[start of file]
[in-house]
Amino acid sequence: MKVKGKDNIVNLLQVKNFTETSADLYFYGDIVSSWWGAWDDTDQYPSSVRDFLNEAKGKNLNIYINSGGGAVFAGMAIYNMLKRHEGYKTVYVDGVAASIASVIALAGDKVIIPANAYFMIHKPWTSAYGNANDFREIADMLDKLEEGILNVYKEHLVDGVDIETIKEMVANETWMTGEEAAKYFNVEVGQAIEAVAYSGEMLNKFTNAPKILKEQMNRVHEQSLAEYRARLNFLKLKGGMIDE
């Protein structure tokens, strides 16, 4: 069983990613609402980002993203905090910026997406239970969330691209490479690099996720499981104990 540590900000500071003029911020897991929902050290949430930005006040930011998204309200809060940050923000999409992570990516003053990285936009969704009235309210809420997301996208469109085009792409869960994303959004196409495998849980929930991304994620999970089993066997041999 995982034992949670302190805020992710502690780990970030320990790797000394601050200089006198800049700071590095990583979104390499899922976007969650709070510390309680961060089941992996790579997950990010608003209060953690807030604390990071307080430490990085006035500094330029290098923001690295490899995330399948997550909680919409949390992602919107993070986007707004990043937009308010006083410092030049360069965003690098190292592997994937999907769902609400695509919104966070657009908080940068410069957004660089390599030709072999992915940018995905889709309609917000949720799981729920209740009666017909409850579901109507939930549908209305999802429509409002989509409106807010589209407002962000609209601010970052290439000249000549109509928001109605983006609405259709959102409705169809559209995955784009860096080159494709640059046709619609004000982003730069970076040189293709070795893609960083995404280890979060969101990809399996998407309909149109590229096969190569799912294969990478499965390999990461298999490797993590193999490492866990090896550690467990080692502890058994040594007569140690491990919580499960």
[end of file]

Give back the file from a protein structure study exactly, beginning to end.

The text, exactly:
[in-house]
Amino acid sequence: MKVKGKDNIVNLLQVKNFTETSADLYFYGDIVSSWWGAWDDTDQYPSSVRDFLNEAKGKNLNIYINSGGGAVFAGMAIYNMLKRHEGYKTVYVDGVAASIASVIALAGDKVIIPANAYFMIHKPWTSAYGNANDFREIADMLDKLEEGILNVYKEHLVDGVDIETIKEMVANETWMTGEEAAKYFNVEVGQAIEAVAYSGEMLNKFTNAPKILKEQMNRVHEQSLAEYRARLNFLKLKGGMIDE
């Protein structure tokens, strides 16, 4: 069983990613609402980002993203905090910026997406239970969330691209490479690099996720499981104990 540590900000500071003029911020897991929902050290949430930005006040930011998204309200809060940050923000999409992570990516003053990285936009969704009235309210809420997301996208469109085009792409869960994303959004196409495998849980929930991304994620999970089993066997041999 995982034992949670302190805020992710502690780990970030320990790797000394601050200089006198800049700071590095990583979104390499899922976007969650709070510390309680961060089941992996790579997950990010608003209060953690807030604390990071307080430490990085006035500094330029290098923001690295490899995330399948997550909680919409949390992602919107993070986007707004990043937009308010006083410092030049360069965003690098190292592997994937999907769902609400695509919104966070657009908080940068410069957004660089390599030709072999992915940018995905889709309609917000949720799981729920209740009666017909409850579901109507939930549908209305999802429509409002989509409106807010589209407002962000609209601010970052290439000249000549109509928001109605983006609405259709959102409705169809559209995955784009860096080159494709640059046709619609004000982003730069970076040189293709070795893609960083995404280890979060969101990809399996998407309909149109590229096969190569799912294969990478499965390999990461298999490797993590193999490492866990090896550690467990080692502890058994040594007569140690491990919580499960």